Which two lines in this sonnet use symbolism to describe old age? sonnet 2 by william shakespeare when forty winters shall besiege thy brow, and dig deep trenches in thy beauty's field, thy youth's proud livery so gazed on now, will be a totter'd weed of small worth held: then being asked, where all thy beauty lies, where all the treasure of thy lusty days; to say, within thine own deep sunken eyes, were an all-eating shame, and thriftless praise. how much more praise deserv'd thy beauty's use, if thou couldst answer 'this fair child of mine shall sum my count, and make my old excuse,' proving his beauty by succession thine! this were to be new made when thou art old, and see thy blood warm when thou feel'st it cold.
A. "When forty winters shall besiege thy brow,"
B. "And dig deep trenches in thy beauty's field,"
In these first lines, Shakespeare uses "forty winters" to call up the pain and cold of winter, just as if you were aging. Forty winters also means forty years. "shall besiege thy brow" is referring to back in the day, when someone would dig a trench and wait, attacking continuously over a period of time (lay siege). So he is comparing this youths brow, or forehead, to the wall of a castle being attacked over a period by time and old age.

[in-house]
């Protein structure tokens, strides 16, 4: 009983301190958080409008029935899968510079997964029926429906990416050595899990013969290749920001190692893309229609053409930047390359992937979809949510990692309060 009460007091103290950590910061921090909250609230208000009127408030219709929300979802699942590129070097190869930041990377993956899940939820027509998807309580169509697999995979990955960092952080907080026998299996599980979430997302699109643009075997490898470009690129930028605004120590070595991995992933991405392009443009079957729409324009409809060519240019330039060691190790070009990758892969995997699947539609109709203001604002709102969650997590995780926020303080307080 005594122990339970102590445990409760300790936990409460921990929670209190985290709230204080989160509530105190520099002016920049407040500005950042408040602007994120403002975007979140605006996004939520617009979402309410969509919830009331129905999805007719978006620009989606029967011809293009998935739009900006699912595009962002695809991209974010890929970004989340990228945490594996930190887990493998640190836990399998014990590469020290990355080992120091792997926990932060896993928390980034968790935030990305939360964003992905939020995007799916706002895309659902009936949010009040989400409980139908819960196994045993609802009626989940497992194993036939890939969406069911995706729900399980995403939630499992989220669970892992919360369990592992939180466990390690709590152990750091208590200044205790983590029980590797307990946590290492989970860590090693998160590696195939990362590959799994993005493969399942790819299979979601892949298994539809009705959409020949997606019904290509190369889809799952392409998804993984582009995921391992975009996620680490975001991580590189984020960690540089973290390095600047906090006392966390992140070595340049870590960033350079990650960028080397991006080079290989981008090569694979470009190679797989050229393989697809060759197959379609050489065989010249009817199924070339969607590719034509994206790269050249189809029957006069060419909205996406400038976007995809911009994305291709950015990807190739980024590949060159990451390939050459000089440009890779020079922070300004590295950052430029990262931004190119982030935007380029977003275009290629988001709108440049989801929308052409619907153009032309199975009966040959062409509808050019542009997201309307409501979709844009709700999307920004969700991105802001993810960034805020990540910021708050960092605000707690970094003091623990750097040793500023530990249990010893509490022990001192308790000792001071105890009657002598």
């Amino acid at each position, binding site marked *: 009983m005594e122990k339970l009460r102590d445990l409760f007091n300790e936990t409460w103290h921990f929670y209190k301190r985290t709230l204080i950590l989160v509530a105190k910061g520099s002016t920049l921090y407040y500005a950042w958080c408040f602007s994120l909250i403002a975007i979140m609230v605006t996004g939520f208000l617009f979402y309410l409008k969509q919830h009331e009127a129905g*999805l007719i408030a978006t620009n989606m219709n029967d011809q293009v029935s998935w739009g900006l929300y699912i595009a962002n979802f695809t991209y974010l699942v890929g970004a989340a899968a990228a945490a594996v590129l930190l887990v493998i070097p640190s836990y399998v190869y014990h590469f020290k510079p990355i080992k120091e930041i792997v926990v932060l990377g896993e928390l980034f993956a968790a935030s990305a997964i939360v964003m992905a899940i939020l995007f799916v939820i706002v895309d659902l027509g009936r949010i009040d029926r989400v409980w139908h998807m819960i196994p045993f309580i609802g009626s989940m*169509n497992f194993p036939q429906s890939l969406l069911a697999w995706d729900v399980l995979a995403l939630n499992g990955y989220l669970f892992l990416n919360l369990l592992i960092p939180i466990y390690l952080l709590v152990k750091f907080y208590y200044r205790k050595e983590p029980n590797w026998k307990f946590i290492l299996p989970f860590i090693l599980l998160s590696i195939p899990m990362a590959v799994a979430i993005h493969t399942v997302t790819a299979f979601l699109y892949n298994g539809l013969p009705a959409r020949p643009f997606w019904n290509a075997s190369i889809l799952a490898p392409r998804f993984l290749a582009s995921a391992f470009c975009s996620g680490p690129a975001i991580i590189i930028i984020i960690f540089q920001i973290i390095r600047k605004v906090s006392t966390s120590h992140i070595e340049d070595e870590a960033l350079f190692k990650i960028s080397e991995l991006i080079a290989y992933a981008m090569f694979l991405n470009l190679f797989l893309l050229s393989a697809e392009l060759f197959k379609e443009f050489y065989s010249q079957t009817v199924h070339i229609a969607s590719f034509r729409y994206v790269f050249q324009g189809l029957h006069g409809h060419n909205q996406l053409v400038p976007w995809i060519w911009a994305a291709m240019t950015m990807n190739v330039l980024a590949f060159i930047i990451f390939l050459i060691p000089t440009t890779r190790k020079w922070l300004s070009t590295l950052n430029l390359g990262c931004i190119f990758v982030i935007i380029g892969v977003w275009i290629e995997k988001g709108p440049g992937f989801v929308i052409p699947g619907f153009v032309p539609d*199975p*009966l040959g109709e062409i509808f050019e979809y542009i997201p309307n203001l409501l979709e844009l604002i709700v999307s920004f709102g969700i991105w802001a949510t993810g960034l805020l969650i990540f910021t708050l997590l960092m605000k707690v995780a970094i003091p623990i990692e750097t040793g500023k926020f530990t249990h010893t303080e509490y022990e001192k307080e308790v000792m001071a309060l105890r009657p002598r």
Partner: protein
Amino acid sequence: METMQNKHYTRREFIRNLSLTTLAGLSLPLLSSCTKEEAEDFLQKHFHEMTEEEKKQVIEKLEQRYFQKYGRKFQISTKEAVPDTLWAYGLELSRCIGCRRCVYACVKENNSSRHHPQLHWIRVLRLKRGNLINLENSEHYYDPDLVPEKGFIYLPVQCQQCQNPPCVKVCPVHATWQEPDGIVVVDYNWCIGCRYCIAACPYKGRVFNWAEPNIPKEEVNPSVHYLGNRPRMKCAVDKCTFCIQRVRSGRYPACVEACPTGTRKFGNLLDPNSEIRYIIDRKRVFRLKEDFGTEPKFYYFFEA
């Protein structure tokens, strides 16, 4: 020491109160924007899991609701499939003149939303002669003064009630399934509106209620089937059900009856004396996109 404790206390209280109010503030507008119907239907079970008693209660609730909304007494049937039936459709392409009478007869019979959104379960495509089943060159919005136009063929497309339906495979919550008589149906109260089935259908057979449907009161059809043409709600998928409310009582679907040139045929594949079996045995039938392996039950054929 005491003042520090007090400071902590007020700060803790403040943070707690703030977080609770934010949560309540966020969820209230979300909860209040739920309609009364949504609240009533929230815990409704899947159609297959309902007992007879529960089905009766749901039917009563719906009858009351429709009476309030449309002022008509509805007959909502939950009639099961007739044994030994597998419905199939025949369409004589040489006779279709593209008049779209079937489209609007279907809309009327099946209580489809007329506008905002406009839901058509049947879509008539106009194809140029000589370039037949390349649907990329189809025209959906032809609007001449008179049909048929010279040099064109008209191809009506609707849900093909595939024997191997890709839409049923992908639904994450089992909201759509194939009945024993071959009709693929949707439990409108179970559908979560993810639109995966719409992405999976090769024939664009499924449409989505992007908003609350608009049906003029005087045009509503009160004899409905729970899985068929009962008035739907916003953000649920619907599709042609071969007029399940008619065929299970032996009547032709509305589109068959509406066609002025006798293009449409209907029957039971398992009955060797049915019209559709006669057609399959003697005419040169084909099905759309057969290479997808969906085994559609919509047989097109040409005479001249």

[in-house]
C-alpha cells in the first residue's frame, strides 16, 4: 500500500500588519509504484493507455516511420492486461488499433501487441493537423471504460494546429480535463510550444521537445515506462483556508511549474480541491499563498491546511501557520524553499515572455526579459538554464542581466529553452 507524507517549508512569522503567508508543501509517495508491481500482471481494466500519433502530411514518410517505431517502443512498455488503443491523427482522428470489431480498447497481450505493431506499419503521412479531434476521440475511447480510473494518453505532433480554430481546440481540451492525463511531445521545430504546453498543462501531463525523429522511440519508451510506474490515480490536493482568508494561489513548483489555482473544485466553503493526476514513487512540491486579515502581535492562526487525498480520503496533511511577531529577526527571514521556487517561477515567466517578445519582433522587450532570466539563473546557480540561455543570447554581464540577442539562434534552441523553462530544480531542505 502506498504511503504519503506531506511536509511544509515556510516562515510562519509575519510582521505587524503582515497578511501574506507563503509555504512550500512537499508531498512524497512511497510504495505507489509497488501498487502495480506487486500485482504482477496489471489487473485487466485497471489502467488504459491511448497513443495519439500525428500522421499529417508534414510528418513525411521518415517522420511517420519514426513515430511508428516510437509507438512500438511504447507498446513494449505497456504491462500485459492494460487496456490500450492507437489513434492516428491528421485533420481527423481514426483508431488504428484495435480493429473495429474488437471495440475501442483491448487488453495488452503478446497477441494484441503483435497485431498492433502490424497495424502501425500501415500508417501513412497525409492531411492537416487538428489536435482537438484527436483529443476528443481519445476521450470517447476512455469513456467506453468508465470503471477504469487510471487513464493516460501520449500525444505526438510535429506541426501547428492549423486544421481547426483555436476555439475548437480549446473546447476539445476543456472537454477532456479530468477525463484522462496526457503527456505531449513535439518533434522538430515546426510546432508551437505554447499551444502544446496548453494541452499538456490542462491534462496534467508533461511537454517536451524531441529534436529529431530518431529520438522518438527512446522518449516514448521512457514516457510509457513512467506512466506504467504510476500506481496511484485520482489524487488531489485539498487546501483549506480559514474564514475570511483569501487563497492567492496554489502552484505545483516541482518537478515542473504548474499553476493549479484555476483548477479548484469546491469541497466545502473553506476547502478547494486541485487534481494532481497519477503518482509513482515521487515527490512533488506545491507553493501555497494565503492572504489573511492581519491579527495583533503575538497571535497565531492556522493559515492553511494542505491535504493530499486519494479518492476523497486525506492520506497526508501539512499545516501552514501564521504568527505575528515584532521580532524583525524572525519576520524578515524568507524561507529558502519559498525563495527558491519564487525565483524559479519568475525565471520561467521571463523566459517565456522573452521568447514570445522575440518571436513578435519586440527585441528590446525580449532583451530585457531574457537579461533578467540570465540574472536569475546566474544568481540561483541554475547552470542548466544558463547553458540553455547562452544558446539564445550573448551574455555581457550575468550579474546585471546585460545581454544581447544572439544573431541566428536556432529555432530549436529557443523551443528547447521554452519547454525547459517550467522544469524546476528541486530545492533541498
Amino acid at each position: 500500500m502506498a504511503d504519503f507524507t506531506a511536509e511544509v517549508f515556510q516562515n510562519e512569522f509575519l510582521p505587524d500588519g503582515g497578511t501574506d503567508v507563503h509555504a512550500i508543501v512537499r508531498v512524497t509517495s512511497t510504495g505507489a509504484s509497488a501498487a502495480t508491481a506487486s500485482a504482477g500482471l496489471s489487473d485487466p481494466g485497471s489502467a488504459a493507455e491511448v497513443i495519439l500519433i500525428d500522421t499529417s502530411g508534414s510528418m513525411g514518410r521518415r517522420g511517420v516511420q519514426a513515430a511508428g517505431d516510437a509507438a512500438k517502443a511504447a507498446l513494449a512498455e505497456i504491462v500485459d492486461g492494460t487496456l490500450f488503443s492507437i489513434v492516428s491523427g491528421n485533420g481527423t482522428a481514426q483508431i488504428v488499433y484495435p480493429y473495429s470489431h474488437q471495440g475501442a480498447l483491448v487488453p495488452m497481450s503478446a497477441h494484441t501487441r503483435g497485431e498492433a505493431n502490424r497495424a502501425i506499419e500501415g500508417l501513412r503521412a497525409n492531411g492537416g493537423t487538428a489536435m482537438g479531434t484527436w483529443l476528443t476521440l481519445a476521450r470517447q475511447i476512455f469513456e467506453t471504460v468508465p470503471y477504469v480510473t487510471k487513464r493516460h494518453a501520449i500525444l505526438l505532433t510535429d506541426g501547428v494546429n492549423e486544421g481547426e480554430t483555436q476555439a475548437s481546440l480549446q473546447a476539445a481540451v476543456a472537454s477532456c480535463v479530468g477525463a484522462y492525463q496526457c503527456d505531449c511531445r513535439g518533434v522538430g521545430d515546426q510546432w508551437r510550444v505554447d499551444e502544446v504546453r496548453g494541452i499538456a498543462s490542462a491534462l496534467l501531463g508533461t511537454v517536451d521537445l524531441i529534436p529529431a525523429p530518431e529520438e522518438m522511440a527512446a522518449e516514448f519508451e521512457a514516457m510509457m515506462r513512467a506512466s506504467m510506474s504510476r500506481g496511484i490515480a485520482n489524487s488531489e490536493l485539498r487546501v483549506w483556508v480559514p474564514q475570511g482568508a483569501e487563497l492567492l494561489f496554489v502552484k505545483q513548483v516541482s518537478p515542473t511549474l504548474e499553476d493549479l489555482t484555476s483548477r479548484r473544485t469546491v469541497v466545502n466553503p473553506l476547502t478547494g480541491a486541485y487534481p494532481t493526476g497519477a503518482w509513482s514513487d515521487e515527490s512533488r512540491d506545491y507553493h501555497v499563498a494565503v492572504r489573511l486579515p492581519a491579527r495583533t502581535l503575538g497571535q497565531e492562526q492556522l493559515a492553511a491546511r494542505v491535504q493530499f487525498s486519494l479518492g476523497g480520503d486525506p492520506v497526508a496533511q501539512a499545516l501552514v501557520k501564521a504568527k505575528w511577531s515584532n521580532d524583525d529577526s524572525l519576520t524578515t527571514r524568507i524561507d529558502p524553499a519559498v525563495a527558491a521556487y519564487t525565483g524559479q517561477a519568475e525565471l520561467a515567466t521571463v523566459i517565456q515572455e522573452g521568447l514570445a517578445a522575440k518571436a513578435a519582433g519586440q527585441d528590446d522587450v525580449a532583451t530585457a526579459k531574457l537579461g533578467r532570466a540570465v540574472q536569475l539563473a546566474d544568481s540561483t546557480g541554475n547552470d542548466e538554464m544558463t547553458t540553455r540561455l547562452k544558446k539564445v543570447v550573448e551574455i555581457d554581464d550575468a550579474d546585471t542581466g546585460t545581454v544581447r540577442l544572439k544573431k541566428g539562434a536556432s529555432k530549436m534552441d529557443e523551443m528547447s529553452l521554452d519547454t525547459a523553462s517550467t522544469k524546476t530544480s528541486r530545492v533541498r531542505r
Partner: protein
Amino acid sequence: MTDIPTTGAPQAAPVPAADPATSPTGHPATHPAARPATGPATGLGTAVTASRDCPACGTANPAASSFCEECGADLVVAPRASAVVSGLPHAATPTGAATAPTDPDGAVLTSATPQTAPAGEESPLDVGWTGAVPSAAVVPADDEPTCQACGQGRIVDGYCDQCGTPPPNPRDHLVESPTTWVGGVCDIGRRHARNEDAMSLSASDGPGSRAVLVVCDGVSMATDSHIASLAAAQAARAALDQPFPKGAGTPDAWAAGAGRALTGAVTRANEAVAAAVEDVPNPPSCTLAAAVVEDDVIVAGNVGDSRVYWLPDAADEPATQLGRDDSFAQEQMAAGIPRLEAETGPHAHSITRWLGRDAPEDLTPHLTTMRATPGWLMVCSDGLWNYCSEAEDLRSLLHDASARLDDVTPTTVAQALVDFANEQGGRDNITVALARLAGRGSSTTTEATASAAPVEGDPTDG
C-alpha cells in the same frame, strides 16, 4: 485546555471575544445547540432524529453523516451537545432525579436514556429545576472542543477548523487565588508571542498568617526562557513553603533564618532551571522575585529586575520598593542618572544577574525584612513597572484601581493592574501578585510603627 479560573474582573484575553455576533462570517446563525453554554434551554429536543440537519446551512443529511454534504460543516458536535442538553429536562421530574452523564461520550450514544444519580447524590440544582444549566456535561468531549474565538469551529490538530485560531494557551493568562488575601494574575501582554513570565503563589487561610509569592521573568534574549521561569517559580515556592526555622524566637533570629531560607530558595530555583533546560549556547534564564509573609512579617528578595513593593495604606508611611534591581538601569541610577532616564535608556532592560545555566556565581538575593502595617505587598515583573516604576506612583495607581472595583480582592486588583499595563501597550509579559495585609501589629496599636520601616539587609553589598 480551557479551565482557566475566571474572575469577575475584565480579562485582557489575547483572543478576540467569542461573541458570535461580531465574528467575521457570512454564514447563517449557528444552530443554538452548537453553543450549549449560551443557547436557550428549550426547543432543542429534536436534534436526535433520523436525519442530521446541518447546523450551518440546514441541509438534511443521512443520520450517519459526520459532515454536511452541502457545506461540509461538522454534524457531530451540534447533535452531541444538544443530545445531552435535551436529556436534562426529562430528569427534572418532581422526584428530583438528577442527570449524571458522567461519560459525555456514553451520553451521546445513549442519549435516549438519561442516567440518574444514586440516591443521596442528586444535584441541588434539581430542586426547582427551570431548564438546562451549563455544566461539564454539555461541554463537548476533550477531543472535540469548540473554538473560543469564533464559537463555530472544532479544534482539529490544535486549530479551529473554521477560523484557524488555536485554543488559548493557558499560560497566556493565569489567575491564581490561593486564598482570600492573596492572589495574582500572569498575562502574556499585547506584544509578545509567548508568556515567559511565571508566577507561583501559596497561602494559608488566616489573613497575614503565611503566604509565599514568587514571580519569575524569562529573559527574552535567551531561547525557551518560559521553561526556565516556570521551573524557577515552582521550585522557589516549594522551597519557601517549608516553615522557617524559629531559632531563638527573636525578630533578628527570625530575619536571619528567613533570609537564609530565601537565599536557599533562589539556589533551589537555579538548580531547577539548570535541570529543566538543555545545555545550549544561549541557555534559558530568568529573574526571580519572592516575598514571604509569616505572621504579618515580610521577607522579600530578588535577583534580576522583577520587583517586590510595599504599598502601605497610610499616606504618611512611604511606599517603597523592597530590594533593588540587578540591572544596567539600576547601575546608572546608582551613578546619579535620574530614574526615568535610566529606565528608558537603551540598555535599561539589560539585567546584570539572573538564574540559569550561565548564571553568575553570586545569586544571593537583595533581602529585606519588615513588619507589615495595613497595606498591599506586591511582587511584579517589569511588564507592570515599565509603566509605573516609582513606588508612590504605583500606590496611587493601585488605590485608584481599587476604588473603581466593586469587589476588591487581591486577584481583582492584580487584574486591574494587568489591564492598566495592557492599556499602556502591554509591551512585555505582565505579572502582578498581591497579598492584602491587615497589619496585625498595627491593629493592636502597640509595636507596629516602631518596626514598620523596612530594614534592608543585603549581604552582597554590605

If you dig a trench in a field it will not look the same, even if you fill the dirt back in it will never look like it did once before. Time, age, has dug trenches into "beauty's field" the beauty of youth, and that is something that will never return.
Sorry this answer is late, but I'll put it here for anyone still looking, or if anyone needs confirmation, since the other answer here is correct.
The two following lines in Sonnet 2- by William Shakespeare-use symbolism to describe old age:
When forty winters shall besiege thy brow,
And dig deep trenches in thy beauty's field,
Shakespeare begins his sonnet by comparing the young man’s forehead to the wall of a castle, which is under siege by the armies of time and old age. At the same time, "forty winters" which means forty years and symbolizes old age reminds us of the pain and cold of winter.
As the young man gets old, time changes and destroys his beauty with wrinkles, which Shakespeare compares to the "trenches" that the army is digging in the fields around the castle. These ‘trenches’ symbolize the lines which mark the young man’s forehead as he ages.